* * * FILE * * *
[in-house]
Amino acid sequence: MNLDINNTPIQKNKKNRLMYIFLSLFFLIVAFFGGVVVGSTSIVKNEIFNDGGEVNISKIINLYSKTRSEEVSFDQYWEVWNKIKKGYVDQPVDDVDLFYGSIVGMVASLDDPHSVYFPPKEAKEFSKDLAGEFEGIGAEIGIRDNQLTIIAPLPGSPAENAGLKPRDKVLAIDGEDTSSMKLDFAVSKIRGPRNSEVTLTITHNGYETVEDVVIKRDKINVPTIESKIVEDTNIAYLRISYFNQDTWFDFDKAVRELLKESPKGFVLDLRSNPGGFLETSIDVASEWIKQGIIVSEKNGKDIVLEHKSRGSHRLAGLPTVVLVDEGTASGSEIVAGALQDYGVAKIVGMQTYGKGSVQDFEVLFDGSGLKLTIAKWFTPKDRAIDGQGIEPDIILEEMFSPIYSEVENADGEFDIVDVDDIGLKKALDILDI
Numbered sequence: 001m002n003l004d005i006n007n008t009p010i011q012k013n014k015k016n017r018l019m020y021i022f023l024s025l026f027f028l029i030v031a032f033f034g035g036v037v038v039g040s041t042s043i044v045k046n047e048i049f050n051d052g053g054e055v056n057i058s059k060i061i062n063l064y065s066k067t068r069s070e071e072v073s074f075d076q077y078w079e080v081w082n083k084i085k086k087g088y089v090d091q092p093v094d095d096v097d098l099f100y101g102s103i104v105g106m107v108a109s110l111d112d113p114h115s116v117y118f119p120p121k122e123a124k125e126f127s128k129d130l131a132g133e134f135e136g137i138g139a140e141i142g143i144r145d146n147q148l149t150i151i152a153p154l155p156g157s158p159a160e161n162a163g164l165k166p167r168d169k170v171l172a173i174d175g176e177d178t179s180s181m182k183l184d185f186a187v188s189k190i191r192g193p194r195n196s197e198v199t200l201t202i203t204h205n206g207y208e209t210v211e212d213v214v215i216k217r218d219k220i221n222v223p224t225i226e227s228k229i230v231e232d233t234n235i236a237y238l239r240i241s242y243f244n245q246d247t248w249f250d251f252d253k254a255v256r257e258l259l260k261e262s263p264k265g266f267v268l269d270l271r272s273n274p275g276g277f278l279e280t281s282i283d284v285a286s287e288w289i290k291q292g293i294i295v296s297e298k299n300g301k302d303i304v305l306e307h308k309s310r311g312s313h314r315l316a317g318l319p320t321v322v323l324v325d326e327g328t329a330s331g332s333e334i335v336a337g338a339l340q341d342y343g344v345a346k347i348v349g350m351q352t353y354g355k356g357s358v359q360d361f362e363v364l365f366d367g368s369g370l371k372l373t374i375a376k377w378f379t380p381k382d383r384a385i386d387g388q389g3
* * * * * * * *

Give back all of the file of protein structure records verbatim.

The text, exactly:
[in-house]
Amino acid sequence: MNLDINNTPIQKNKKNRLMYIFLSLFFLIVAFFGGVVVGSTSIVKNEIFNDGGEVNISKIINLYSKTRSEEVSFDQYWEVWNKIKKGYVDQPVDDVDLFYGSIVGMVASLDDPHSVYFPPKEAKEFSKDLAGEFEGIGAEIGIRDNQLTIIAPLPGSPAENAGLKPRDKVLAIDGEDTSSMKLDFAVSKIRGPRNSEVTLTITHNGYETVEDVVIKRDKINVPTIESKIVEDTNIAYLRISYFNQDTWFDFDKAVRELLKESPKGFVLDLRSNPGGFLETSIDVASEWIKQGIIVSEKNGKDIVLEHKSRGSHRLAGLPTVVLVDEGTASGSEIVAGALQDYGVAKIVGMQTYGKGSVQDFEVLFDGSGLKLTIAKWFTPKDRAIDGQGIEPDIILEEMFSPIYSEVENADGEFDIVDVDDIGLKKALDILDI
Numbered sequence: 001m002n003l004d005i006n007n008t009p010i011q012k013n014k015k016n017r018l019m020y021i022f023l024s025l026f027f028l029i030v031a032f033f034g035g036v037v038v039g040s041t042s043i044v045k046n047e048i049f050n051d052g053g054e055v056n057i058s059k060i061i062n063l064y065s066k067t068r069s070e071e072v073s074f075d076q077y078w079e080v081w082n083k084i085k086k087g088y089v090d091q092p093v094d095d096v097d098l099f100y101g102s103i104v105g106m107v108a109s110l111d112d113p114h115s116v117y118f119p120p121k122e123a124k125e126f127s128k129d130l131a132g133e134f135e136g137i138g139a140e141i142g143i144r145d146n147q148l149t150i151i152a153p154l155p156g157s158p159a160e161n162a163g164l165k166p167r168d169k170v171l172a173i174d175g176e177d178t179s180s181m182k183l184d185f186a187v188s189k190i191r192g193p194r195n196s197e198v199t200l201t202i203t204h205n206g207y208e209t210v211e212d213v214v215i216k217r218d219k220i221n222v223p224t225i226e227s228k229i230v231e232d233t234n235i236a237y238l239r240i241s242y243f244n245q246d247t248w249f250d251f252d253k254a255v256r257e258l259l260k261e262s263p264k265g266f267v268l269d270l271r272s273n274p275g276g277f278l279e280t281s282i283d284v285a286s287e288w289i290k291q292g293i294i295v296s297e298k299n300g301k302d303i304v305l306e307h308k309s310r311g312s313h314r315l316a317g318l319p320t321v322v323l324v325d326e327g328t329a330s331g332s333e334i335v336a337g338a339l340q341d342y343g344v345a346k347i348v349g350m351q352t353y354g355k356g357s358v359q360d361f362e363v364l365f366d367g368s369g370l371k372l373t374i375a376k377w378f379t380p381k382d383r384a385i386d387g388q389g3